– supercat
    Commented Apr 29, 2023 at 18:02
  • $\begingroup$ @supercat Given that the landing spot is intended for UAS, and UAS can hold cameras, that wouldn't be particularly convincing to me. $\endgroup$
    – Chris
    Commented Apr 29, 2023 at 18:11
  • $\begingroup$ ...for immediate landing, a multi-camera aereal inspection could have aided the process of deciding whether some strip placements would make landings more or less safe than others. $\endgroup$
    – supercat
    Commented Apr 29, 2023 at 18:11
  • $\begingroup$ I would also argue that (if my understanding of the facts is correct) the condition of the field was reasonably believed to be such that an engine failure would result in an uncomfortable but not life-threatening landing. Also, I've not flown an aircraft, but I would think that if one is trying to land at an airstrip without PAPI lights, it's useful to have certain reliable visual landmarks to indicate whether one is on a good glide slope. I don't know how well one could estimate without being an aircraft what kinds of visual references would be most suitable, and where... $\endgroup$
    – supercat
    Commented Apr 29, 2023 at 18:24
  • $\begingroup$ ...a landing strip should best be placed to make use of them. $\endgroup$
    – supercat
    Commented Apr 29, 2023 at 18:24

In the FAA's opinion (and judgement!), his flight was contrary to CFR 91.119 specifically, flying within 500ft of a person, vehicle, ship or structure over a populated area.

In addition they say he operated outside of CFR 91.13 which covers reckless operation of an aircraft.

The judgement states:

The law judge ruled that the Administrator proved by a preponderance of the evidence that respondent operated a low altitude flight in violation of 14 C.F.R. §§ 91.119(a), (c) and 91.13(a) but identified mitigating factors justifying a reduced penalty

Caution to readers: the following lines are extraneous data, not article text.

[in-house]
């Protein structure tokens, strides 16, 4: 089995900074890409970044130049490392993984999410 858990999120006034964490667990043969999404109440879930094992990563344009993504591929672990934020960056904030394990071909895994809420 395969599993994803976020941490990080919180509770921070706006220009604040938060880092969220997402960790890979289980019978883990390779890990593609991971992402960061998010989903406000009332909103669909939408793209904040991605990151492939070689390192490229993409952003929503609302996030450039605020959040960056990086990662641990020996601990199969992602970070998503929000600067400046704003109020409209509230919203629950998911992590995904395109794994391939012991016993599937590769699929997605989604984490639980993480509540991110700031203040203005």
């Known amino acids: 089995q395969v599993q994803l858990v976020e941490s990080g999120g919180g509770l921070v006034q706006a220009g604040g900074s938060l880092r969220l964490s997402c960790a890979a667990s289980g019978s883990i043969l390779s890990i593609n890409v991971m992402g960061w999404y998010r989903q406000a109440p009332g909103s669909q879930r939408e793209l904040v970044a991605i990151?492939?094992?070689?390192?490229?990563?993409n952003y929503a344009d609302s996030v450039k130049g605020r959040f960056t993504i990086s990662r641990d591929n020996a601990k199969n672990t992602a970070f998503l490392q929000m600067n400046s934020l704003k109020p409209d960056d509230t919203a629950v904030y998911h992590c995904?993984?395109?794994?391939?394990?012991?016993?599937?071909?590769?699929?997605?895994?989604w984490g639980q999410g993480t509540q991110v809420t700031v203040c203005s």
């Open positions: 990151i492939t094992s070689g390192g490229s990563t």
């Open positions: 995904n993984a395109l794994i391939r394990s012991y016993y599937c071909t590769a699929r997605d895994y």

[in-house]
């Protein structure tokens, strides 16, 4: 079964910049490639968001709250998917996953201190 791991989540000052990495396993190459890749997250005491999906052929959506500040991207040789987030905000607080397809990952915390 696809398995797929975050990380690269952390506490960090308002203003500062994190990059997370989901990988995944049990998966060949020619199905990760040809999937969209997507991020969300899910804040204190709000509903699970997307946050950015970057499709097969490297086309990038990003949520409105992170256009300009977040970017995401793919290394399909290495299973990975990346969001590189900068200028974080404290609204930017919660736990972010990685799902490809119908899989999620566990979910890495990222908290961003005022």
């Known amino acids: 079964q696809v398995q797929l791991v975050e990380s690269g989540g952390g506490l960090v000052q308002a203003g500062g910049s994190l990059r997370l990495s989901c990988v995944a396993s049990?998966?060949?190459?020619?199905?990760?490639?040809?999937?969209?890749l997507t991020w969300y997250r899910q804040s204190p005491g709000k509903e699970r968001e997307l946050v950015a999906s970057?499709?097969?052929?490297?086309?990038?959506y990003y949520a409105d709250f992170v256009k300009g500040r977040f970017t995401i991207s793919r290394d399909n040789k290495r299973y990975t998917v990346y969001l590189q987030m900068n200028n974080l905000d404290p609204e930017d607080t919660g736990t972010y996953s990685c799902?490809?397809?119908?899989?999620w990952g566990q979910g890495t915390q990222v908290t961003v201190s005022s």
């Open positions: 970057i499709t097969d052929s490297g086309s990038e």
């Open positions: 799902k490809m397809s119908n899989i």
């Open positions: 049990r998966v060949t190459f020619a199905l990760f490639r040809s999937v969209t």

• $\begingroup$ So the ruling was that making sure it's safe to land is not a necessary part of landing? It seems like not doing so would be illegal. $\endgroup$
    – Someone
    Commented Apr 26, 2023 at 16:33
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    $\begingroup$ @Someone The ruling was that making sure it's safe for landing could be done correctly and safely above 500ft. Therefore the unstated meaning of the ruling is that Trent's excuse was just an excuse (a.k.a. BS) $\endgroup$
    – slebetman
    Commented Apr 27, 2023 at 7:34

Palmer called it an "inspection pass" and not a "go-around".

A "go-around" is a very different thing in the eyes of aviators. There are two huge and opposing forces on go-arounds: foolish pilots trying to stick bad approaches plus tremendous pressure from "the company" to avoid the fuel cost and dispatching impact of a go-around. Versus, everyone who cares about safety, pushing back to protect pilots so they are free to choose go-arounds when warranted, without any fear of consequence or blowback.

Palmer should have argued that of relying on the friend's claims that the field was fit for service, and was intending to land. Then claimed to unexpectedly see something that made the field unfit, so went around and then diverted to an alternate field. At that point people would be getting on their feet to defend the call.

As things are, Palmer flat admitted this was not quite really an airport, hence warranting an off-airport-style inspection pass, and that could've been done from 500 feet. I don't know the particulars but I'd bet that the obstruction that caused Palmer to cancel the landing was readily visible from 500 feet.

So, this is a mess. Right now, it's doing the worst thing imaginable, which is to encourage pilots to head straight in and try to stick landings on marginal or defective sites that look worse and worse the closer they get. Because if they go around, well, then, that's an "inspection pass" and they're in the soup right next to Trent.

I think the fallout here is going to be, well, hopefully some refinement of the procedure for off airport landings.

The FAA had literature which advised pilots do arguably what Palmer did, so there's probably going to be an acquittal on appeal. The punishment here is not severe, so the case is entirely about "the principle of the thing" e.g. defining statutory, clear "lines in the sand" to guide future sport pilots. I completely support Trent's willingness to appeal, because I think "good law" (well, good regulation) will come out of it.